A.S. External Vice President for Local Affairs and third-year history of public policy major Paola Dela Cruz said organizations like UCIV help “shift the culture” in I.V. toward community policing.

“These students were giving out warnings about noise ordinances and citations,” Dela Cruz said. “I’m just really glad to have seen Isla Vista safe and local.”

Dela Cruz said community events like Haunt-a-Loop, which invited local children to trick-or-treat on Pardall Road Saturday afternoon and early evening, were “really successful” in making Halloween weekend a more positive and community-based event.

“That event to me signified a shift in culture — of students taking a stance and saying we want to make sure that the families and the children in our community know that they can also trick-or-treat in Isla Vista, that it’s not just a place where students are just going to get drunk,” Dela Cruz said.

Dela Cruz also said I.V. businesses helped collaborate with A.S. to promote a safe Halloween by providing T-shirts and giveaway items for a Scavenger Hunt.

“Our local businesses came together and gave us free stuff and helped us enjoy ourselves,” Dela Cruz said. “It was a collaborative effort and students enjoyed it.”

Fourth-year sociology major Andrea Cisneros said over the past few years the police presence has changed the Halloween culture in I.V.

“The Halloween from my first year was very different from this year,” Cisneros said. “My first year, Halloween was a big deal. There were still some of the same regulations — like in the residence halls we weren’t allowed to have visitors — but there weren’t that many police.”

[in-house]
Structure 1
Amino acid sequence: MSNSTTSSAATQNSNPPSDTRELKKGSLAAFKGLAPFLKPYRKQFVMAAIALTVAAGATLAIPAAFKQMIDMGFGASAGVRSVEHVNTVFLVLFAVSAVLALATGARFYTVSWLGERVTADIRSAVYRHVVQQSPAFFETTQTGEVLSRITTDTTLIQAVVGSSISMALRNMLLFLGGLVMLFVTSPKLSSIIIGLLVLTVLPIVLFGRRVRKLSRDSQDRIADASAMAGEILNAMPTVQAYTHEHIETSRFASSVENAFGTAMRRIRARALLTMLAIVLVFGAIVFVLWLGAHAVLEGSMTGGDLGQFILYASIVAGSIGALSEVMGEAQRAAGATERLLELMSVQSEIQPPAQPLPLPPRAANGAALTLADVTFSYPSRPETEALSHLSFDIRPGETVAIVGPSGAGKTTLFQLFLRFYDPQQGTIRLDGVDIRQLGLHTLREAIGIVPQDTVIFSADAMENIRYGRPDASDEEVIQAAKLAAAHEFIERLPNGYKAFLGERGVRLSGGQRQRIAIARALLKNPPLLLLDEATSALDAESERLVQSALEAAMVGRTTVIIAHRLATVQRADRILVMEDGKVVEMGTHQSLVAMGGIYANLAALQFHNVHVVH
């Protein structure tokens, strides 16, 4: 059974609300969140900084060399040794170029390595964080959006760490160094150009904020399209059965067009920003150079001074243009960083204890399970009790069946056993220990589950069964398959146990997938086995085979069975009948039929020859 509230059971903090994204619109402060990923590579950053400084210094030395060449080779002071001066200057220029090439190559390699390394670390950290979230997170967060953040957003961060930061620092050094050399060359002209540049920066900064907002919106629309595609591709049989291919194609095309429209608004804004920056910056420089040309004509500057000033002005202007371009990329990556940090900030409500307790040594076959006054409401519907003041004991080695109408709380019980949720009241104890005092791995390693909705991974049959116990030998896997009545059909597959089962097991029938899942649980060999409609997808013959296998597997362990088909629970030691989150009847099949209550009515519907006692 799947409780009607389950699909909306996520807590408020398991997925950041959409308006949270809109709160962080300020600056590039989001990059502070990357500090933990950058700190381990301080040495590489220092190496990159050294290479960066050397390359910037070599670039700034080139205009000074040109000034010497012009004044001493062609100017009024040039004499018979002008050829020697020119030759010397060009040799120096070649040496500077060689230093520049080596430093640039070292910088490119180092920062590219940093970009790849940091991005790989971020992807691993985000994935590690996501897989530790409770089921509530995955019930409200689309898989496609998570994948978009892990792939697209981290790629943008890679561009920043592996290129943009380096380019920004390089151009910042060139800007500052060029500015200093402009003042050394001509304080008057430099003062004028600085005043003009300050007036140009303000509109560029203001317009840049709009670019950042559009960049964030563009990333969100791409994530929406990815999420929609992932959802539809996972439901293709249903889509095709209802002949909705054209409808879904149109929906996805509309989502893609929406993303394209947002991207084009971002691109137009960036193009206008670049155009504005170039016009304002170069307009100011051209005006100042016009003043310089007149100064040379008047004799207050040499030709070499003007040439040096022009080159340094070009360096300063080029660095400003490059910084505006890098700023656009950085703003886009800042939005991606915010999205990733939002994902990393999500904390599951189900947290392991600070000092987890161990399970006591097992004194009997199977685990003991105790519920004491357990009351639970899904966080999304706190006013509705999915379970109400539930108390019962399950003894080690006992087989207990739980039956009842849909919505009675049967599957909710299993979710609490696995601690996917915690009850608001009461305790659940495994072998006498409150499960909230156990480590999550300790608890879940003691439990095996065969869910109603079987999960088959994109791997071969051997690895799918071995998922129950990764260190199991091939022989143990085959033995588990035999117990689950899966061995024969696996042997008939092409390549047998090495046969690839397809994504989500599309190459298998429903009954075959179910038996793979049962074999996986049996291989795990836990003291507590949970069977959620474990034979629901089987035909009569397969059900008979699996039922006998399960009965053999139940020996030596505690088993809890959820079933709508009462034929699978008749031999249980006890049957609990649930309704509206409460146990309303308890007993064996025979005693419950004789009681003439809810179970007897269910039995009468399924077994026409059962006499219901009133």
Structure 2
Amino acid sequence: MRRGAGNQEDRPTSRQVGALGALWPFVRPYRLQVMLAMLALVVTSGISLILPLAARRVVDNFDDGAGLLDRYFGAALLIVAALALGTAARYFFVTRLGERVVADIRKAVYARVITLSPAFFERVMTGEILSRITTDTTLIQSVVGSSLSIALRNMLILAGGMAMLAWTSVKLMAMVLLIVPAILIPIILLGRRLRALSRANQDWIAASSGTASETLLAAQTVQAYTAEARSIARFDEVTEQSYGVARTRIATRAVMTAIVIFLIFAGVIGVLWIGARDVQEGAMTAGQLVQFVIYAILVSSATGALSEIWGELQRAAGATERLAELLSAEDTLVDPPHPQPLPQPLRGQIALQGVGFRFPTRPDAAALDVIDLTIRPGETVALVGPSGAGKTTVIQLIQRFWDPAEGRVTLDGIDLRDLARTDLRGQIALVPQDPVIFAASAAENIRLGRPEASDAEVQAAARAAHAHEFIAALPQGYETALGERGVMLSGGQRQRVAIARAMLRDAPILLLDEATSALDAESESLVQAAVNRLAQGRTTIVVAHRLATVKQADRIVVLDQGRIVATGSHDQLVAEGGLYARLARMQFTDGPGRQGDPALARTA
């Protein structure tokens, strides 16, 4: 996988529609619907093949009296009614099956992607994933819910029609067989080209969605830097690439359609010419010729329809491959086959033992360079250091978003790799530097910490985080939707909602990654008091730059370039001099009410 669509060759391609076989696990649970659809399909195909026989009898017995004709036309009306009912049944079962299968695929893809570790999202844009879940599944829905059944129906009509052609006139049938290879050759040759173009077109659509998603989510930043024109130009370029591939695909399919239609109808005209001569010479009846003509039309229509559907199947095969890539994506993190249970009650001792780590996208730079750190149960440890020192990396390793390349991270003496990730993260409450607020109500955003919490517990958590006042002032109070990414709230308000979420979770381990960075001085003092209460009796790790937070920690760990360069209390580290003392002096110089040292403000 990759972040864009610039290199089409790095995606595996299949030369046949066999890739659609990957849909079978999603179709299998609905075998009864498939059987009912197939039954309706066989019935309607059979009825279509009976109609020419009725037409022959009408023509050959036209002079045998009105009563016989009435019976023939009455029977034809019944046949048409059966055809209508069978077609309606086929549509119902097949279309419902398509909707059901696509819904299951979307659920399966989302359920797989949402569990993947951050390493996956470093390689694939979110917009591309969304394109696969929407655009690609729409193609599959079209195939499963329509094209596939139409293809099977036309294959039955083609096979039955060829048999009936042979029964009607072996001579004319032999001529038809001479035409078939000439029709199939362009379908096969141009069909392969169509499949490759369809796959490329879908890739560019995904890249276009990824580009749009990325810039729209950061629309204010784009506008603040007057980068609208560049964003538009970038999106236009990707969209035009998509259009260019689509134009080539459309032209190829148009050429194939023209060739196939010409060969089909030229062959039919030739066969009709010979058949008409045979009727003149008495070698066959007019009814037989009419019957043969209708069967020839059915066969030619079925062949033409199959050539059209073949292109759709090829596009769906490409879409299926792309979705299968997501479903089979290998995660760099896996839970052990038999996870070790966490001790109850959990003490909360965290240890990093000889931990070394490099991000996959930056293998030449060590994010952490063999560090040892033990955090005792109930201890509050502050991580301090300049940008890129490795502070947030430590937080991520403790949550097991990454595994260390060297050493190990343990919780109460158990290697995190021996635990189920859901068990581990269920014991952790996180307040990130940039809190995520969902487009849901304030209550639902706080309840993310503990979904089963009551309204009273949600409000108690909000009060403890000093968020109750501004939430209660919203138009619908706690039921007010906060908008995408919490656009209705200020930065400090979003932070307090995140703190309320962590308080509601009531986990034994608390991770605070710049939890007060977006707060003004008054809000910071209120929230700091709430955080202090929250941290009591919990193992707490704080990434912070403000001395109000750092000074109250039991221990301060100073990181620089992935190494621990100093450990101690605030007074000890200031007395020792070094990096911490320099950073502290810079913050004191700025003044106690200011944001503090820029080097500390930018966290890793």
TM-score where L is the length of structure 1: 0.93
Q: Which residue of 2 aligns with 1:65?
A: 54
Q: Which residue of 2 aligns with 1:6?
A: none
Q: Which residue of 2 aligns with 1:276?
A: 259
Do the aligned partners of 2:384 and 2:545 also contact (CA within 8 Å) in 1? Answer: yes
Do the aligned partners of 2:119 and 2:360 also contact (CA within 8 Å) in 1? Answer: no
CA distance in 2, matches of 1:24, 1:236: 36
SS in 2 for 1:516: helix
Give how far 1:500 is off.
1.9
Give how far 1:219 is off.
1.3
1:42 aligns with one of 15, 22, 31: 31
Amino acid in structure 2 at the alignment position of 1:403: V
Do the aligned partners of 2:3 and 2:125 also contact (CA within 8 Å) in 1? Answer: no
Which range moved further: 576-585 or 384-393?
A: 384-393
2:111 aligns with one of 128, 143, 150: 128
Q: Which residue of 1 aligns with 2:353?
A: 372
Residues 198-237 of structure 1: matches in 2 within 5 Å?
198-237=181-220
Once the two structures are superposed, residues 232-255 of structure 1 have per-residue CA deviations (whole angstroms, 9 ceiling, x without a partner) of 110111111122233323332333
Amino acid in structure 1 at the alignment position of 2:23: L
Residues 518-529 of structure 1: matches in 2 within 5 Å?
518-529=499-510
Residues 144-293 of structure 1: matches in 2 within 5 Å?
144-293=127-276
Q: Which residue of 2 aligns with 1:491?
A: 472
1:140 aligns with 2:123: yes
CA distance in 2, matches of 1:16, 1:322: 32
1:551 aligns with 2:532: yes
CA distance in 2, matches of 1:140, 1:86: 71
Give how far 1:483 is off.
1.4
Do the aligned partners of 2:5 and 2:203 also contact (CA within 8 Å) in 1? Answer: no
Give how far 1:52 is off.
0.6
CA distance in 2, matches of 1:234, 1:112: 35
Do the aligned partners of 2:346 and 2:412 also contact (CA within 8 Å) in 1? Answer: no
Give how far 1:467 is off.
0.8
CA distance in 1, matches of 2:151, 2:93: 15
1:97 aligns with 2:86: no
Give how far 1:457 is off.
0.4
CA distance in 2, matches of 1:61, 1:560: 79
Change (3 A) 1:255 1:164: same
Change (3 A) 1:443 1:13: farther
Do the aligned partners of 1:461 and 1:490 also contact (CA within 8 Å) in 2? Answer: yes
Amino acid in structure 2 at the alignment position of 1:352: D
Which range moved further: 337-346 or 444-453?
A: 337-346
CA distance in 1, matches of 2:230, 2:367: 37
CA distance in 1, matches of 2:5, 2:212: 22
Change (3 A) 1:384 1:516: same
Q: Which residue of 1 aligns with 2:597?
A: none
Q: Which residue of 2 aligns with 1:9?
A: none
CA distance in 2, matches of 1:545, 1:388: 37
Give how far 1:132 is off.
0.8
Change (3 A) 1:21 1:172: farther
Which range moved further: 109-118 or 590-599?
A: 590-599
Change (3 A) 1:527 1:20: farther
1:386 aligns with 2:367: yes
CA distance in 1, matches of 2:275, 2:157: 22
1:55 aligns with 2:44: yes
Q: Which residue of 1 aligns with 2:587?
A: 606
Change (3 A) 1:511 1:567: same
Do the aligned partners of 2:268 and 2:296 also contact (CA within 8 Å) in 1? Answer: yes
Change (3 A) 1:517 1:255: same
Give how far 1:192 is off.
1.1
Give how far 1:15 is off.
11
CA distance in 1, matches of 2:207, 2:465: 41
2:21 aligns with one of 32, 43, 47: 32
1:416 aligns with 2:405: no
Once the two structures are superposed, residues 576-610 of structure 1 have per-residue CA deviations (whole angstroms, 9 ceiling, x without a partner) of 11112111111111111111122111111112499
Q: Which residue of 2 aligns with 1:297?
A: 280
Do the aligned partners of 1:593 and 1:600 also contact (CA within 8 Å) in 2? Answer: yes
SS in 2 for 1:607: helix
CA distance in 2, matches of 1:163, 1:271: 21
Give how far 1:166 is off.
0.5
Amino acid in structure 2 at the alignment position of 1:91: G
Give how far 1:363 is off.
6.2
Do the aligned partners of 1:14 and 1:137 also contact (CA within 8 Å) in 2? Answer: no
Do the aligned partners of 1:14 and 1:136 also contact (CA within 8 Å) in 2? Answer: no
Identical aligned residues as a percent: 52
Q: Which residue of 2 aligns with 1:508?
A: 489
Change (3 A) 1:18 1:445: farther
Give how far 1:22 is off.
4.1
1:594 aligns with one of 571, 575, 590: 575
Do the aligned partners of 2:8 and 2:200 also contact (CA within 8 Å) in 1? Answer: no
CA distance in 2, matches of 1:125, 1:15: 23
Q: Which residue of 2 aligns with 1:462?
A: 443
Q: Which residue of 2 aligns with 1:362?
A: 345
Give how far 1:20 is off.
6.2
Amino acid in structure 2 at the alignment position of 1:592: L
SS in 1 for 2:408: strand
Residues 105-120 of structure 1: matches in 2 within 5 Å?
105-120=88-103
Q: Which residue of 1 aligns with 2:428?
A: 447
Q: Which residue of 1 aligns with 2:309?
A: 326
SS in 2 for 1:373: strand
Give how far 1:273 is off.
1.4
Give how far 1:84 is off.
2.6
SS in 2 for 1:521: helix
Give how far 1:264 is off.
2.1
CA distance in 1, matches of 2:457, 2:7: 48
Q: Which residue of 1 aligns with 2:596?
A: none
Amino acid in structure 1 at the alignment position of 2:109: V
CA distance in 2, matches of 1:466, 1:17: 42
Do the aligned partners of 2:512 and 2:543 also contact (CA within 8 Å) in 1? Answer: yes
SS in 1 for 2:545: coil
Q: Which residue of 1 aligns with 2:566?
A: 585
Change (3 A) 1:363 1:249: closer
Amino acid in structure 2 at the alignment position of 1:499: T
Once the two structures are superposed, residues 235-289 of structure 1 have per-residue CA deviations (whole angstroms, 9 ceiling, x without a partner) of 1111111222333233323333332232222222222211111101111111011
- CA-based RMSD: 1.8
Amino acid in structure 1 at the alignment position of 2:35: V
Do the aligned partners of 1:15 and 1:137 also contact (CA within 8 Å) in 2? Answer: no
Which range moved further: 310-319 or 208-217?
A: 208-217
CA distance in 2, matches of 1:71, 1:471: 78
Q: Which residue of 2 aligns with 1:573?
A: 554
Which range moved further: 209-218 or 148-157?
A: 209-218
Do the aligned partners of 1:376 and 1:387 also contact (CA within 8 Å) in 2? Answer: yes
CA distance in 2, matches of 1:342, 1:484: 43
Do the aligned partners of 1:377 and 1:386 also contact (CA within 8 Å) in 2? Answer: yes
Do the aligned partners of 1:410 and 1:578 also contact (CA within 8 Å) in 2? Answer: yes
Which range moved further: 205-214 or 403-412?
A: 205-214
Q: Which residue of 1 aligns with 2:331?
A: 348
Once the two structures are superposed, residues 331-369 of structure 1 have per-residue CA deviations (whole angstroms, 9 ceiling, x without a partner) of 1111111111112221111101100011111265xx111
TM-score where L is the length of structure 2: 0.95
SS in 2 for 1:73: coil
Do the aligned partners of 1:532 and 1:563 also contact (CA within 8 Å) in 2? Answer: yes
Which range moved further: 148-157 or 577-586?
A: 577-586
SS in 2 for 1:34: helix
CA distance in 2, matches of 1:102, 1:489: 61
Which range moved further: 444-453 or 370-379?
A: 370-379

Cisneros said the alternative events UCSB planned were effective in deterring students from partying on Del Playa Drive.

“Having Snoop Dogg and filling the Thunderdome on the weekend was a great success,” Cisneros said. “I think people took initiative to plan alternative events because they understand that not everyone wants to party this weekend, which was really nice.”

Second-year economics major Lydia Gil said the alternative, student-only events helped decrease the crowds in I.V. and kept out-of-towners from visiting I.V. over the weekend.

“They helped discourage the idea that it gets super crowded here during Halloween because most people were busy with the activities,” Gil said in an email. “I think this will also discourage more people from coming next year.”

Gil said this year the Halloween celebration in I.V. was safer and more enjoyable than years past.

“I thought it was better because there were more options, like having two concerts and the roller skating at the Rec. Cen.,” Gil said in an email. “Also, there wasn’t too many people walking the streets, so it wasn’t that crazy.”

First-year biopsychology major John Nguyen said although the police presence in I.V. over the weekend was alarming at first, he felt safer throughout the weekend with a visible law enforcement present.

“I think students were shocked by the amount of police presence,” Nguyen said. “But I think the ultimate consensus was that the police presence made us feel safer.”